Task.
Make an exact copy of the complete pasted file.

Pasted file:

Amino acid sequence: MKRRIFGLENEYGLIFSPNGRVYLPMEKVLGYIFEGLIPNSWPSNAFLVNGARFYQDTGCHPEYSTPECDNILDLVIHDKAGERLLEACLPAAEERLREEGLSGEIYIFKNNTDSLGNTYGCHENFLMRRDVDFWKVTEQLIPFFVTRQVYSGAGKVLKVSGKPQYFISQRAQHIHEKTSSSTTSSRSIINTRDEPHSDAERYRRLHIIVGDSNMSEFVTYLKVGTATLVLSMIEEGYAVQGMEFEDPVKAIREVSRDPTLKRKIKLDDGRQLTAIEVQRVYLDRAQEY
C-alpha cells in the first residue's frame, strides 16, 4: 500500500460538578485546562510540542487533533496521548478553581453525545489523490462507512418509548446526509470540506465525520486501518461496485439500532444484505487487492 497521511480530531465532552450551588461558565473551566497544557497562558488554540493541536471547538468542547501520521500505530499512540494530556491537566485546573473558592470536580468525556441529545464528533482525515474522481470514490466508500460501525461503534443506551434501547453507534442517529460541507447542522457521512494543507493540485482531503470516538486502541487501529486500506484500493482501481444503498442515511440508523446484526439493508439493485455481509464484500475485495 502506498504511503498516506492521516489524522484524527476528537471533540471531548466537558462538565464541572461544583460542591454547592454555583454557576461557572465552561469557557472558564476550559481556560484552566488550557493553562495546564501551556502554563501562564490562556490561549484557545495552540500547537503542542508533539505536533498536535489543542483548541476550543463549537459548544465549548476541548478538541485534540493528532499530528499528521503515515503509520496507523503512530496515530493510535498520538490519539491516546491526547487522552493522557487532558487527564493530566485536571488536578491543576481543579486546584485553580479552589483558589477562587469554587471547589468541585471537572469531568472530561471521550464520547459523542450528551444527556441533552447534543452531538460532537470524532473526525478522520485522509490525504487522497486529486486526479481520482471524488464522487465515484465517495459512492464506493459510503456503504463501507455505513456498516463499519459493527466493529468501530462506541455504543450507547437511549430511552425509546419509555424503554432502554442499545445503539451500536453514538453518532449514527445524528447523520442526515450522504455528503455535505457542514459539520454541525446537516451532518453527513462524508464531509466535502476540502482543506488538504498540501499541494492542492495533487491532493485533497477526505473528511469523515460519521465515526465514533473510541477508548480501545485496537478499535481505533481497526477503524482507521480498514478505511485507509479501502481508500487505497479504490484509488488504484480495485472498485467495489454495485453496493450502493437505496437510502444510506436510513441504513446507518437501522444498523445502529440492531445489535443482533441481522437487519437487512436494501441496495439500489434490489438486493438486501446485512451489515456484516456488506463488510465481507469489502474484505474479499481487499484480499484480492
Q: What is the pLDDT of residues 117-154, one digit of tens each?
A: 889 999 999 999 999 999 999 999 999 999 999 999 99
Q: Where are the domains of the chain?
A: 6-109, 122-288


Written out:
Amino acid sequence: MKRRIFGLENEYGLIFSPNGRVYLPMEKVLGYIFEGLIPNSWPSNAFLVNGARFYQDTGCHPEYSTPECDNILDLVIHDKAGERLLEACLPAAEERLREEGLSGEIYIFKNNTDSLGNTYGCHENFLMRRDVDFWKVTEQLIPFFVTRQVYSGAGKVLKVSGKPQYFISQRAQHIHEKTSSSTTSSRSIINTRDEPHSDAERYRRLHIIVGDSNMSEFVTYLKVGTATLVLSMIEEGYAVQGMEFEDPVKAIREVSRDPTLKRKIKLDDGRQLTAIEVQRVYLDRAQEY
C-alpha cells in the first residue's frame, strides 16, 4: 500500500460538578485546562510540542487533533496521548478553581453525545489523490462507512418509548446526509470540506465525520486501518461496485439500532444484505487487492 497521511480530531465532552450551588461558565473551566497544557497562558488554540493541536471547538468542547501520521500505530499512540494530556491537566485546573473558592470536580468525556441529545464528533482525515474522481470514490466508500460501525461503534443506551434501547453507534442517529460541507447542522457521512494543507493540485482531503470516538486502541487501529486500506484500493482501481444503498442515511440508523446484526439493508439493485455481509464484500475485495 502506498504511503498516506492521516489524522484524527476528537471533540471531548466537558462538565464541572461544583460542591454547592454555583454557576461557572465552561469557557472558564476550559481556560484552566488550557493553562495546564501551556502554563501562564490562556490561549484557545495552540500547537503542542508533539505536533498536535489543542483548541476550543463549537459548544465549548476541548478538541485534540493528532499530528499528521503515515503509520496507523503512530496515530493510535498520538490519539491516546491526547487522552493522557487532558487527564493530566485536571488536578491543576481543579486546584485553580479552589483558589477562587469554587471547589468541585471537572469531568472530561471521550464520547459523542450528551444527556441533552447534543452531538460532537470524532473526525478522520485522509490525504487522497486529486486526479481520482471524488464522487465515484465517495459512492464506493459510503456503504463501507455505513456498516463499519459493527466493529468501530462506541455504543450507547437511549430511552425509546419509555424503554432502554442499545445503539451500536453514538453518532449514527445524528447523520442526515450522504455528503455535505457542514459539520454541525446537516451532518453527513462524508464531509466535502476540502482543506488538504498540501499541494492542492495533487491532493485533497477526505473528511469523515460519521465515526465514533473510541477508548480501545485496537478499535481505533481497526477503524482507521480498514478505511485507509479501502481508500487505497479504490484509488488504484480495485472498485467495489454495485453496493450502493437505496437510502444510506436510513441504513446507518437501522444498523445502529440492531445489535443482533441481522437487519437487512436494501441496495439500489434490489438486493438486501446485512451489515456484516456488506463488510465481507469489502474484505474479499481487499484480499484480492
Q: What is the pLDDT of residues 117-154, one digit of tens each?
A: 889 999 999 999 999 999 999 999 999 999 999 999 99
Q: Where are the domains of the chain?
A: 6-109, 122-288